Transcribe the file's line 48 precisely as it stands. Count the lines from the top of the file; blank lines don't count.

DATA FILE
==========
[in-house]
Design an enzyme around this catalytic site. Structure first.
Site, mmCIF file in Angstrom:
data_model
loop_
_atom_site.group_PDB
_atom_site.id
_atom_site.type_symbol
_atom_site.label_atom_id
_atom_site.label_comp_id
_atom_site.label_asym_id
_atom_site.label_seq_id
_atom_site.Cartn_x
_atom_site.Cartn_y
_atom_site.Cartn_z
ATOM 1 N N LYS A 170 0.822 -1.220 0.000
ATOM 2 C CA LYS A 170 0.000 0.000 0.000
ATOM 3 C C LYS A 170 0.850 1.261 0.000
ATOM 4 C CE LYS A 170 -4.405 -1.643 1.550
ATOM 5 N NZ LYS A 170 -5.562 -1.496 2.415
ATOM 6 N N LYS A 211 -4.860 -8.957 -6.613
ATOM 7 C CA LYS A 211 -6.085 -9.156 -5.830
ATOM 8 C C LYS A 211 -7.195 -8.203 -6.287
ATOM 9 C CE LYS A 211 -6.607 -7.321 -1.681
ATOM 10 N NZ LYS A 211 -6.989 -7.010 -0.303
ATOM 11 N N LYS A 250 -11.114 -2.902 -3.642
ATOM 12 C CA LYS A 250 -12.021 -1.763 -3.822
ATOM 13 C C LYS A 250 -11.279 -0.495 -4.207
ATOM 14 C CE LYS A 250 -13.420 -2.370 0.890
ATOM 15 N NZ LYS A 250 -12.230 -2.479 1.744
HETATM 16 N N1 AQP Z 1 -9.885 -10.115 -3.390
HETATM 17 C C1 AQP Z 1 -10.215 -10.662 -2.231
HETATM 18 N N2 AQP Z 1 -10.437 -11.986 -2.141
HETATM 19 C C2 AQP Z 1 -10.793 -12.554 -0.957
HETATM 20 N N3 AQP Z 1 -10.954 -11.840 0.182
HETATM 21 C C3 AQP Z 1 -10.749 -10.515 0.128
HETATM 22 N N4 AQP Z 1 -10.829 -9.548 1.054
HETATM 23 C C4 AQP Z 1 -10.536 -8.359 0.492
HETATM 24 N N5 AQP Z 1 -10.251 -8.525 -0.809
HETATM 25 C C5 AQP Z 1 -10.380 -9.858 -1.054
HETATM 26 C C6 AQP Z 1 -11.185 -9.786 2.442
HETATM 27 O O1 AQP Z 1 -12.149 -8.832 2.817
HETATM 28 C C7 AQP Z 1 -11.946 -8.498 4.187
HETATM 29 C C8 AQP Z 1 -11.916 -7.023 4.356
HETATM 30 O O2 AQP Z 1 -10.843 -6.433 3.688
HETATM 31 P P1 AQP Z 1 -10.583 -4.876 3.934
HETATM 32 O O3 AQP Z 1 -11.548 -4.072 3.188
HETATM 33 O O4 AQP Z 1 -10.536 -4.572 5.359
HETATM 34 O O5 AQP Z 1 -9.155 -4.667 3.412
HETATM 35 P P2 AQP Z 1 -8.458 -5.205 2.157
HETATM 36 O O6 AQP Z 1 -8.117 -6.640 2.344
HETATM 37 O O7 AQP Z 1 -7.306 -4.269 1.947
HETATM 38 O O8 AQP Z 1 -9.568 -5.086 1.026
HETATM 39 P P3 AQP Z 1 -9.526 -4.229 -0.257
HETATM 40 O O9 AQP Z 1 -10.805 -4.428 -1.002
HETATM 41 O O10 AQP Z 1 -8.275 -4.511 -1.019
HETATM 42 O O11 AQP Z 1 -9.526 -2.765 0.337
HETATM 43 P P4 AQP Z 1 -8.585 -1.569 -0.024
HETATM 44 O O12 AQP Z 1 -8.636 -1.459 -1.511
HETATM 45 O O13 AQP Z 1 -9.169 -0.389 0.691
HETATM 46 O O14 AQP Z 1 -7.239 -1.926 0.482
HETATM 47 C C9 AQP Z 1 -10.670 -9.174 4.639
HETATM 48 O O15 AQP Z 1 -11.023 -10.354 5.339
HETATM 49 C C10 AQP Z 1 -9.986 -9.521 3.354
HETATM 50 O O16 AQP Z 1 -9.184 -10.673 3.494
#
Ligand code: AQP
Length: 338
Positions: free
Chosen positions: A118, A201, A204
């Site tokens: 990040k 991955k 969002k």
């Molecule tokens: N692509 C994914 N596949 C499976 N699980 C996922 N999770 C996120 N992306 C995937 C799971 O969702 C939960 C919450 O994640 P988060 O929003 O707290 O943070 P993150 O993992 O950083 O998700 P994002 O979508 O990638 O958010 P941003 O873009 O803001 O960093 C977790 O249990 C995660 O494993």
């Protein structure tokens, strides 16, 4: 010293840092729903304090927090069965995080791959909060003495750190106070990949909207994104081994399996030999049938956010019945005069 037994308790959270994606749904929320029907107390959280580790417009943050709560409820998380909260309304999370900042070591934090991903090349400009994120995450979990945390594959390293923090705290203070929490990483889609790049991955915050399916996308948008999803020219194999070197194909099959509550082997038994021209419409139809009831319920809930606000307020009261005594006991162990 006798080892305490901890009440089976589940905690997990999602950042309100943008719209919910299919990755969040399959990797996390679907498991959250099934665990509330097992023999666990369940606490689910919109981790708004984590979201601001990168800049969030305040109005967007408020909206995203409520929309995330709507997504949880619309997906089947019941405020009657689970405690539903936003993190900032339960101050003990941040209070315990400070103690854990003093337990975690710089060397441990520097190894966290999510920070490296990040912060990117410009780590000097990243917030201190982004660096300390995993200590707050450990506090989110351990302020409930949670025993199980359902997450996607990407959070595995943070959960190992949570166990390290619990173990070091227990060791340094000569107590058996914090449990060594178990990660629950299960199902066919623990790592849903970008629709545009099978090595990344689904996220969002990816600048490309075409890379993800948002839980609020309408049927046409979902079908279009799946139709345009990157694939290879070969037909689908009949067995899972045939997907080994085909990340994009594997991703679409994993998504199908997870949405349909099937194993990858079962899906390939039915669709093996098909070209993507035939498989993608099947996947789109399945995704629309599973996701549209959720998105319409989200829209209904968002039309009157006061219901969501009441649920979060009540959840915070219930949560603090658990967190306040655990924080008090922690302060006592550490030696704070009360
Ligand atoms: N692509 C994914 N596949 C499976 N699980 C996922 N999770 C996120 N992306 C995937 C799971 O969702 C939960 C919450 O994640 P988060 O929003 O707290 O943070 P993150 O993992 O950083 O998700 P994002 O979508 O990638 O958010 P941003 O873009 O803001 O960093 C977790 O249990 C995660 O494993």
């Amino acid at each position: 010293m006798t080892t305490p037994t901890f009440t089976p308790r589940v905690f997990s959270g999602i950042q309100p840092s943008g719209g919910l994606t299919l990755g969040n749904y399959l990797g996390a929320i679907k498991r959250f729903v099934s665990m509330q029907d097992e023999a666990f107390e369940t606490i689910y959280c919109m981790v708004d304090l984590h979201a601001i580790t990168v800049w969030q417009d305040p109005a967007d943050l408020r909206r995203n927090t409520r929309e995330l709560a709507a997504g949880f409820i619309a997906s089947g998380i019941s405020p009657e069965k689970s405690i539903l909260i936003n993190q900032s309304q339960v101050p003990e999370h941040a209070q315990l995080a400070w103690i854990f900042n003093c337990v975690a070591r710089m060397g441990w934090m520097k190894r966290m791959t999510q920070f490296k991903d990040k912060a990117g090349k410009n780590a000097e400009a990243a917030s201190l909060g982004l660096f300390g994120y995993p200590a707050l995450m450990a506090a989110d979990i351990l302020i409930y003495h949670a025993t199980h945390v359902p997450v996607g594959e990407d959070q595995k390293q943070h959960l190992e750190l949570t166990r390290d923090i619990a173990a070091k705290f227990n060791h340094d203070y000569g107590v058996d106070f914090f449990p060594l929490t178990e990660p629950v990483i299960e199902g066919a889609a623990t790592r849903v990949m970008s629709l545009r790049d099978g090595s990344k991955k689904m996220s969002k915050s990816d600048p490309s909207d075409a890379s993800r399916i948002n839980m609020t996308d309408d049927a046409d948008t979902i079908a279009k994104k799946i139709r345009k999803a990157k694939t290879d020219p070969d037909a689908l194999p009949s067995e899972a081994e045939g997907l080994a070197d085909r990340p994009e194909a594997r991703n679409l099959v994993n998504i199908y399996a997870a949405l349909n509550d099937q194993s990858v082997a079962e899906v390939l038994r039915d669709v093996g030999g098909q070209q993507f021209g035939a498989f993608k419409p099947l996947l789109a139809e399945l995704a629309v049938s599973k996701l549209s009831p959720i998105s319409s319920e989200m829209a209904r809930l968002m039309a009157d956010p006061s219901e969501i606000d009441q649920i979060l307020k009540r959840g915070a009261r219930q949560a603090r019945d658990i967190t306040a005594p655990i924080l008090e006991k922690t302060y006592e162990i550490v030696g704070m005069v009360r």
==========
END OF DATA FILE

HETATM 33 O O4 AQP Z 1 -10.536 -4.572 5.359